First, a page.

What went wrong for the Royals?

The good news for Royals fans is that Eric Hosmer's slow start can be blamed mostly on bad luck. Jamie Squire/Getty Images

It's well-documented that the Kansas City Royals have struggled for much of the past two decades, but 2012 was supposed to be different in the eyes of many observers. A trip to the playoffs was never realistically in the cards, but because of a promising young nucleus, it was easy to envision an improvement on last year's 71-91 record and possible contention in 2013.

Yet on May 1, the Royals are 6-15 after losing 12 straight games near the end of April, and many folks are wondering what exactly happened to all that optimism surrounding the team. The good news for Kansas City fans is that some of these tough times can be chalked up to bad luck; however, there are other issues that won't be as easy to fix.

The Royals' biggest problem so far this season is that their best hitter, Eric Hosmer, has been unlucky despite a lot of hard-hit balls, including a .164 batting average on balls in play that's around half of what it's likely to be the rest of the year. He's put a lot of balls in play to the opposite field because he has a habit of landing his feet slightly open and pulling off the ball, which isn't new but looks like it's happening a little more than it did previously. Hosmer is strong enough to do that and still hit doubles and home runs to left-center if he's not hitting the ball right at someone. He's walking and hitting for power, so if he can just get that front foot down more in line with his back foot, more of those hard-hit balls to left should end up as hits.

As a team, the Royals are slugging about 60 points higher with the bases empty than with men in scoring position, random variation that doesn't indicate any particular lack of skill but should normalize throughout the season.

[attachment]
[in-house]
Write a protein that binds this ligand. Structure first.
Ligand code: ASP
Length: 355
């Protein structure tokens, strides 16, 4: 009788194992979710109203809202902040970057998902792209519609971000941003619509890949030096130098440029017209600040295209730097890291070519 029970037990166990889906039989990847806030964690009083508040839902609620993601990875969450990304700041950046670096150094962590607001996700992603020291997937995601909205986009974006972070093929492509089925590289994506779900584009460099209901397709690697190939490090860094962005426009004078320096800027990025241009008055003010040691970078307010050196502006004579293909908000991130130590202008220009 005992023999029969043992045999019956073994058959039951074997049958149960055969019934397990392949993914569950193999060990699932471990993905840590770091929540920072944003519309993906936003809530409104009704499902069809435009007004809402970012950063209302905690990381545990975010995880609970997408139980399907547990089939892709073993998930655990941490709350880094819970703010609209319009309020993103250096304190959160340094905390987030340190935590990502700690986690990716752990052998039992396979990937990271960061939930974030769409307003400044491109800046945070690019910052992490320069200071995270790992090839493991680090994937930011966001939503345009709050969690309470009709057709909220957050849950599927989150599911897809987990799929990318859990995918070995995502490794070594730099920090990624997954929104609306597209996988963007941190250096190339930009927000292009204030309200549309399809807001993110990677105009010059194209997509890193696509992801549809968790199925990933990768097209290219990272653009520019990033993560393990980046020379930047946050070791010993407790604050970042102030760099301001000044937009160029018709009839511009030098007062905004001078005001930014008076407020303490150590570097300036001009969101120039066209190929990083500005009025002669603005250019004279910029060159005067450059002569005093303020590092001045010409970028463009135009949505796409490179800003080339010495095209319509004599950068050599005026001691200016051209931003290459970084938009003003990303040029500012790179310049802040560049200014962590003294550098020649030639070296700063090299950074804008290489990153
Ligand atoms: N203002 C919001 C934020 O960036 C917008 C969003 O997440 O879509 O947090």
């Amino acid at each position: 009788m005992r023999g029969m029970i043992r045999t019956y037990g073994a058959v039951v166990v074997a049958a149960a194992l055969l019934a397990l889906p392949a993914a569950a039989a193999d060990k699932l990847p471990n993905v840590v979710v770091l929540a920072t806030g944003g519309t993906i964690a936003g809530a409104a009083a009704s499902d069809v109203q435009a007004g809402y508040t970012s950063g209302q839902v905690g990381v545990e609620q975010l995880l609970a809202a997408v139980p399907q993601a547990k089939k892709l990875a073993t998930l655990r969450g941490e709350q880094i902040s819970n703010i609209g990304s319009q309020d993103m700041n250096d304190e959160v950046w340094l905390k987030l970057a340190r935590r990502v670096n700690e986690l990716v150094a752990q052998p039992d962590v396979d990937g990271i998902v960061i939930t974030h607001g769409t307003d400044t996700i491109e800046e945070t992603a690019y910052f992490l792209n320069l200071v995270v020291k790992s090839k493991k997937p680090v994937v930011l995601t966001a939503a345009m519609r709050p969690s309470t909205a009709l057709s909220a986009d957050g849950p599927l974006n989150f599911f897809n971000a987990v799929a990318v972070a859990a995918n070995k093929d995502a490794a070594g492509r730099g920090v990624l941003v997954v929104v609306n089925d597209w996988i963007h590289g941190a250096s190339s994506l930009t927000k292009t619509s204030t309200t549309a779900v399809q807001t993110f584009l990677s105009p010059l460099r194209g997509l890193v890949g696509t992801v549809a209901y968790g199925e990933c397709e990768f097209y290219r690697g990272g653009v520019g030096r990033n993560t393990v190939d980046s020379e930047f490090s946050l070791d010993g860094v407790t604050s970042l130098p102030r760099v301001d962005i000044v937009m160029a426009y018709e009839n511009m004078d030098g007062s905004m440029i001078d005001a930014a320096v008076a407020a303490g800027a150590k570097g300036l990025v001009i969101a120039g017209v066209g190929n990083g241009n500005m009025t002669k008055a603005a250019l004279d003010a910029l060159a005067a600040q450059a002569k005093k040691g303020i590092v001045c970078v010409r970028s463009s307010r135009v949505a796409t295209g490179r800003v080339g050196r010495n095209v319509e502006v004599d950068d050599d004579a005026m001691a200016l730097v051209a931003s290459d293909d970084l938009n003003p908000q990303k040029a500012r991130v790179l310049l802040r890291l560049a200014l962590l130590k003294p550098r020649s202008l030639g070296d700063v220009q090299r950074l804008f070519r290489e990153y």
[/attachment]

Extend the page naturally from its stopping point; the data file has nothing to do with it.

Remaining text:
Of course, it hasn't helped that manager Ned Yost can't seem to fill out a lineup card without suffering a severe brain cramp. In the leadoff spot, Yost has used Chris Getz (.315 career OBP), Yuniesky Betancourt (.292), Jason Bourgeois (.307) or rookie Jarrod Dyson in half the Royals' games. Yost has even hit Alcides Escobar, who came into the season with a .294 career OBP in nearly 1,300 plate appearances, second three times. Lineup construction isn't a huge factor in any team's offensive performance, but there is some small impact from keeping your out machines at the bottom of the lineup so that someone is getting on base in front of Alex Gordon, Billy Butler and Hosmer. Yost's lineup lunacy bottomed out on April 23 when Getz, who shouldn't be in any major league team's lineup, sacrificed with a man on second and no outs, a situation in which a successful sacrifice actually reduces the team's run expectancy for the inning. (The runner didn't score.) If your No. 2 hitter isn't good enough for you to let him swing away with a man on second and nobody out, he's not good enough to be your No. 2 hitter, period.

Assuming Yost can figure out where to put his deadweight in the lineup, a little better luck for Hosmer & Co. should put the Royals in the top half of the American League in runs scored.